Are You a “Got a Minute” Boss?

09 July 2014 by Shweta Jhajharia

How do you interact with your team members? Do you find yourself constantly being interrupted with a small task here, a small problem there?

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Your time is a valuable resource, so you need to start thinking about how you use it – especially with your team.

Prefer to read rather than watch and listen? No problem – here’s everything I said in the video as text:

Hi, this is Shweta. What I want to talk about today is “Got A Minute” culture. In our business, when new team members come on board, I sit down with them to take them through our value system, mindset principles and I also tell them. ‘By the way, I’m not your “Got A Minute” boss.’ And I get to see some very interesting expressions, generally good ones.

Imagine you work for Richard Branson

But before I tell you about Got a Minute culture, let me build some scenarios for you and I want you to do some imagining here. I want you to imagine that you are working in Richard Branson’s business. And let’s say you are a Senior Sales Manager in his business. You need to discuss the sales forecast for the next year. And it’s quite important because there are a few things which you are not clear about and you have some thoughts on and you need to sit down with him.

Scenario A

So let’s imagine Scenario A. Scenario A is where you open the door of his office and you say, “Got a minute, Richard?” And Richard Branson says, “Yes, walk in.” And you sit down, you have a chat with him, you tell him what’s going on in your mind and some issues that you were thinking about. Just a lot of things, and you start talking about some other things, one, two, three, lots of stuff has been discussed. And Richard says, “Listen, do one thing. Leave it with me and I’ll come back to you with my thoughts.”

Scenario B

That’s Scenario A. Scenario B is where you say, “Ok, I need to discuss the sales forecast for the next year, so let me see Richard’s diary…” and you book a nice 30 minutes or 45 minutes session with Richard and you send him the invite so he knows about it. You tell him it’s about the sales forecast for the next year and you also send him the pre-read because he needs to look at some of the figures to be well informed of the discussion in advance. So you send him some pre-read and you, yourself are well prepared and you take proper notes, think of all the possible scenarios and you’ve thought it through. And then you get into this meeting.

Now in that meeting, you’re focusing on sales forecasts for the next year and Richard and you are having a good discussion, he’s asking you lots of good questions and you’re coming up with answers and possible options of looking at that situation. And he’s asking you questions like, “So what do you think about this? What are the pros and cons of doing this?” So a lot of brainstorming happening, but he’s the one who’s asking questions. And with that question-asking technique, actually you’ve come up with some really good answers for yourself, he has also built on top of that and by the end of 45 minutes or 30 minutes, there is good clarity.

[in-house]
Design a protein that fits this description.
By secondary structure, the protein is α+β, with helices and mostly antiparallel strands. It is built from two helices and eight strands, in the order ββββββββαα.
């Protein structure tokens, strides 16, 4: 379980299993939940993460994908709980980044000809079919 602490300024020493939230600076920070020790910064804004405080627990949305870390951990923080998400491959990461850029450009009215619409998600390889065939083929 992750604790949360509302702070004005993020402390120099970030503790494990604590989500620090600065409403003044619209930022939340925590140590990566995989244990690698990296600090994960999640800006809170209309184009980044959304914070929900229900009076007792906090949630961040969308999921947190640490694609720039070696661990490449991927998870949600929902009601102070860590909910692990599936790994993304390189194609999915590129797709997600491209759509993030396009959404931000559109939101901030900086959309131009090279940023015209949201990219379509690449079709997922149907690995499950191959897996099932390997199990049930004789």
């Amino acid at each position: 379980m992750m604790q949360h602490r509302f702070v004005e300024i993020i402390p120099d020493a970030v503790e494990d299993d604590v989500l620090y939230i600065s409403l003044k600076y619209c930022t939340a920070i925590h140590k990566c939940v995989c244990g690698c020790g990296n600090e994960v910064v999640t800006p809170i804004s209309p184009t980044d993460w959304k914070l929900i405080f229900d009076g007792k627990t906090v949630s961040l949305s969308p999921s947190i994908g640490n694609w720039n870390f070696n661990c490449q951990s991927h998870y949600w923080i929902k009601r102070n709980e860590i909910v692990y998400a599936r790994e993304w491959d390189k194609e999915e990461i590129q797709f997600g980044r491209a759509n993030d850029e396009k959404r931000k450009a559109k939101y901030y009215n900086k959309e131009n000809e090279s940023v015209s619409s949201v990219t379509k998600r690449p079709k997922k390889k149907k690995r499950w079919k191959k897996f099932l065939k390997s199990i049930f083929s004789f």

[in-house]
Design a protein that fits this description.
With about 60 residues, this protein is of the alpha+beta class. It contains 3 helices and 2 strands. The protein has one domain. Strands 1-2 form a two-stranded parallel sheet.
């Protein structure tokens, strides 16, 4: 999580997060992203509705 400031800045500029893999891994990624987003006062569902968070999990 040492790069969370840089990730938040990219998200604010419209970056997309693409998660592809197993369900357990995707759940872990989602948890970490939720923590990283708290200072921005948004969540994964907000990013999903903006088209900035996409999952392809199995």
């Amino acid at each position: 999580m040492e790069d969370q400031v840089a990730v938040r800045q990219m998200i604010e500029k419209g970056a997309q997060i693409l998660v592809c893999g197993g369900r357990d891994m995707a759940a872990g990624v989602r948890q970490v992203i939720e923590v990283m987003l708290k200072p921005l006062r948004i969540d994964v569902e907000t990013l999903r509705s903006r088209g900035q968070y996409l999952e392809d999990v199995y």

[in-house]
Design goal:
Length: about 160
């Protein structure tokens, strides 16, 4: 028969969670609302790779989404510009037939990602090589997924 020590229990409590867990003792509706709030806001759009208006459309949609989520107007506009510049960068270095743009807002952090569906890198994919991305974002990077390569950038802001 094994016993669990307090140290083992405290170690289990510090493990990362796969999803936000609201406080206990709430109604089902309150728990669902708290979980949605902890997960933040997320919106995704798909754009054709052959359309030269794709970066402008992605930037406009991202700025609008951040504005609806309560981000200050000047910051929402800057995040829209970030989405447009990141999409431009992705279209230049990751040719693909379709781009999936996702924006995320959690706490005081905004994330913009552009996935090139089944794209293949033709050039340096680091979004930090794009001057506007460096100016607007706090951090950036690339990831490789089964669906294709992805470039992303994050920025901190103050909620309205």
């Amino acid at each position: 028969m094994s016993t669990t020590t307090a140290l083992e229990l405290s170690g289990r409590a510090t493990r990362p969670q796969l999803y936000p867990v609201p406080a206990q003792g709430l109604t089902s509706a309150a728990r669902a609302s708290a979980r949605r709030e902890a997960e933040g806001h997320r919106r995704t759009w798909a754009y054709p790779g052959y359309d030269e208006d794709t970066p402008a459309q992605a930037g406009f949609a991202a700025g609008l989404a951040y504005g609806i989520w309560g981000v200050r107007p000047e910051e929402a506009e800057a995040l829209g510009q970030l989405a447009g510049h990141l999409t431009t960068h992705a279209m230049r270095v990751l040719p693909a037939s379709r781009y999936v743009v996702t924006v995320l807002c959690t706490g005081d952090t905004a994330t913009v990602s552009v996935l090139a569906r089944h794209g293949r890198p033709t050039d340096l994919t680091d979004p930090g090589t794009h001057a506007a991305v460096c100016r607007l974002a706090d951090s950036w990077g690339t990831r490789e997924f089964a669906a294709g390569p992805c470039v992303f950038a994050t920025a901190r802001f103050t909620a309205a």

You’ve got good input from Richard Branson and you’re done with your meeting and you go out of his office.

Which Scenario do you want to be in?

What do you think is a probable scenario? Scenario A, “Got a minute, Richard?” Or Scenario B, where you are very prepared for this meeting. I can pretty much say that you have chosen Scenario B. Right?

What is the situation in YOUR business?

I just want you to pause, just for a second and think it through. What scenarios happen in your business. Is it, “Got a minute, boss?” Or does your team come to you with good preparation, with preplanning, with a proper meeting set in your diary, where you are asking good questions because you’re pretty well informed before the meeting so you can ask quality questions? And so by the time the meeting finishes, it’s not like, “I’ll think about it, leave it with me.” But the team knows exactly what they have to do. Do they go back with a clear sense of direction and execution? Think this through.

And the only thought I want to leave with you is, this: I know each one of us is a business owner, and we are in the process of building a big business. But while we’re in the process of building a big business, remember one thing. You and I, we need to behave in a true sense like a big business. Your time is as important as Richard Branson’s time, and you are the first person who will treat it like that. And that’s when your team and other people start treating your time as a valuable resource.

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Shweta Jhajharia

Shweta Jhajharia is one of the leading authorities on Business Value Building and the creator of the unique 6M Model. Shweta is widely respected as an impactful, intelligent and results orientated professional who helps business leaders unleash their potential to reach meaningful, higher objectives. This realisation of potential and maximisation... Read more